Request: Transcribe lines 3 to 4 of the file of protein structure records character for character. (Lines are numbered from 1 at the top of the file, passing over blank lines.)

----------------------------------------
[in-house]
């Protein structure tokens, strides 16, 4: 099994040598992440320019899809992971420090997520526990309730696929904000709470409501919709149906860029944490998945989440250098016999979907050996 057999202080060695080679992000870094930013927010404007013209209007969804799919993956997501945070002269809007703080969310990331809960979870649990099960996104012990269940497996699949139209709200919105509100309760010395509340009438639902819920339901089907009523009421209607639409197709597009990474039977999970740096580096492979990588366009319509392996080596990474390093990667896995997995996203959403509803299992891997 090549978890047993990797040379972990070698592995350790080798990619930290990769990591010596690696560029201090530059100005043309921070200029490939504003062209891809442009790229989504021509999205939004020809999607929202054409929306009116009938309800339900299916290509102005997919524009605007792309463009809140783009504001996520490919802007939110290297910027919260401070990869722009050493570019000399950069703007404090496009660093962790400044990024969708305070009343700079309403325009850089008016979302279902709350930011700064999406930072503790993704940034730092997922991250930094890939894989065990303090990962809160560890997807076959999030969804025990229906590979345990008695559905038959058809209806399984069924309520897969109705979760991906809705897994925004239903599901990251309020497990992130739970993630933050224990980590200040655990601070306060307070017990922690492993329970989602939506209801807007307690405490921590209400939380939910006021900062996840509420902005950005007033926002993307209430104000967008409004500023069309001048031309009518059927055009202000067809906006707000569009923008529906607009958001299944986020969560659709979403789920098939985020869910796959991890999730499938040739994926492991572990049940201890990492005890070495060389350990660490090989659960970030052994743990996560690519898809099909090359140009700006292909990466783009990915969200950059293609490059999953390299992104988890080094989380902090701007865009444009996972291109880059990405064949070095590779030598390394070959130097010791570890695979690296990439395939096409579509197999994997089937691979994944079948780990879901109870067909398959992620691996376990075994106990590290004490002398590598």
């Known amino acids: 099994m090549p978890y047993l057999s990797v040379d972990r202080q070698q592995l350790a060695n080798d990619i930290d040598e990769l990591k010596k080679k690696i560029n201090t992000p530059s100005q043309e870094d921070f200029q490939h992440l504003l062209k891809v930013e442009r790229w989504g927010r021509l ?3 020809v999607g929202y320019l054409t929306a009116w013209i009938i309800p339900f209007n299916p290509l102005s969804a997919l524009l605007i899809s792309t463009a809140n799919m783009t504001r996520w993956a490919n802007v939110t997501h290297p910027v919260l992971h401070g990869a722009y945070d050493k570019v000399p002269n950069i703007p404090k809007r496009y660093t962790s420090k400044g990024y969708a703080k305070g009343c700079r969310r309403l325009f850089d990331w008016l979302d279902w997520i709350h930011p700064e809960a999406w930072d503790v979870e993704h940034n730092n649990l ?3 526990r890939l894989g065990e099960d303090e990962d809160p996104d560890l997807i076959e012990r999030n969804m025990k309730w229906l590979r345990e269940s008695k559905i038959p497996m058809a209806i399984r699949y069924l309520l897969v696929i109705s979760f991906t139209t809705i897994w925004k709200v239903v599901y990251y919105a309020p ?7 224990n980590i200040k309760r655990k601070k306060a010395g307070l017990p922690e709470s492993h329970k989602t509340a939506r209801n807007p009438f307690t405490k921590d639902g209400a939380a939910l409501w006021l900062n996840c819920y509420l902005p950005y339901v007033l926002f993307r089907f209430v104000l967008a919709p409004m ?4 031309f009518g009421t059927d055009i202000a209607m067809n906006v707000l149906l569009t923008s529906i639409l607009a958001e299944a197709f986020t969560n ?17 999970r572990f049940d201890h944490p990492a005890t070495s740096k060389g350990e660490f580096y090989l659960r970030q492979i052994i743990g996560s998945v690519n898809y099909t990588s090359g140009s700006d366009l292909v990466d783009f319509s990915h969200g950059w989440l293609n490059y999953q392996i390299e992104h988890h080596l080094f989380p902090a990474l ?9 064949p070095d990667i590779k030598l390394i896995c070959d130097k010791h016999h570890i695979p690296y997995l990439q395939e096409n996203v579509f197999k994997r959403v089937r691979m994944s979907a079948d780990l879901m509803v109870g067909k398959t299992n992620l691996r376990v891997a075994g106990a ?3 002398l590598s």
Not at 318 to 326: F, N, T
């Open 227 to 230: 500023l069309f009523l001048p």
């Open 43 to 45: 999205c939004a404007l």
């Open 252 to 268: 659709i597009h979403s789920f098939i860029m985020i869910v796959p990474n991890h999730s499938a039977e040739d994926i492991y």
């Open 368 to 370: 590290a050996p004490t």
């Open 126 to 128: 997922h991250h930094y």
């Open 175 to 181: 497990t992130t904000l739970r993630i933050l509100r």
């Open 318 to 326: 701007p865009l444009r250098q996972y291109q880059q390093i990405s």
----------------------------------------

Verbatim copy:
């Known amino acids: 099994m090549p978890y047993l057999s990797v040379d972990r202080q070698q592995l350790a060695n080798d990619i930290d040598e990769l990591k010596k080679k690696i560029n201090t992000p530059s100005q043309e870094d921070f200029q490939h992440l504003l062209k891809v930013e442009r790229w989504g927010r021509l ?3 020809v999607g929202y320019l054409t929306a009116w013209i009938i309800p339900f209007n299916p290509l102005s969804a997919l524009l605007i899809s792309t463009a809140n799919m783009t504001r996520w993956a490919n802007v939110t997501h290297p910027v919260l992971h401070g990869a722009y945070d050493k570019v000399p002269n950069i703007p404090k809007r496009y660093t962790s420090k400044g990024y969708a703080k305070g009343c700079r969310r309403l325009f850089d990331w008016l979302d279902w997520i709350h930011p700064e809960a999406w930072d503790v979870e993704h940034n730092n649990l ?3 526990r890939l894989g065990e099960d303090e990962d809160p996104d560890l997807i076959e012990r999030n969804m025990k309730w229906l590979r345990e269940s008695k559905i038959p497996m058809a209806i399984r699949y069924l309520l897969v696929i109705s979760f991906t139209t809705i897994w925004k709200v239903v599901y990251y919105a309020p ?7 224990n980590i200040k309760r655990k601070k306060a010395g307070l017990p922690e709470s492993h329970k989602t509340a939506r209801n807007p009438f307690t405490k921590d639902g209400a939380a939910l409501w006021l900062n996840c819920y509420l902005p950005y339901v007033l926002f993307r089907f209430v104000l967008a919709p409004m ?4 031309f009518g009421t059927d055009i202000a209607m067809n906006v707000l149906l569009t923008s529906i639409l607009a958001e299944a197709f986020t969560n ?17 999970r572990f049940d201890h944490p990492a005890t070495s740096k060389g350990e660490f580096y090989l659960r970030q492979i052994i743990g996560s998945v690519n898809y099909t990588s090359g140009s700006d366009l292909v990466d783009f319509s990915h969200g950059w989440l293609n490059y999953q392996i390299e992104h988890h080596l080094f989380p902090a990474l ?9 064949p070095d990667i590779k030598l390394i896995c070959d130097k010791h016999h570890i695979p690296y997995l990439q395939e096409n996203v579509f197999k994997r959403v089937r691979m994944s979907a079948d780990l879901m509803v109870g067909k398959t299992n992620l691996r376990v891997a075994g106990a ?3 002398l590598s």
Not at 318 to 326: F, N, T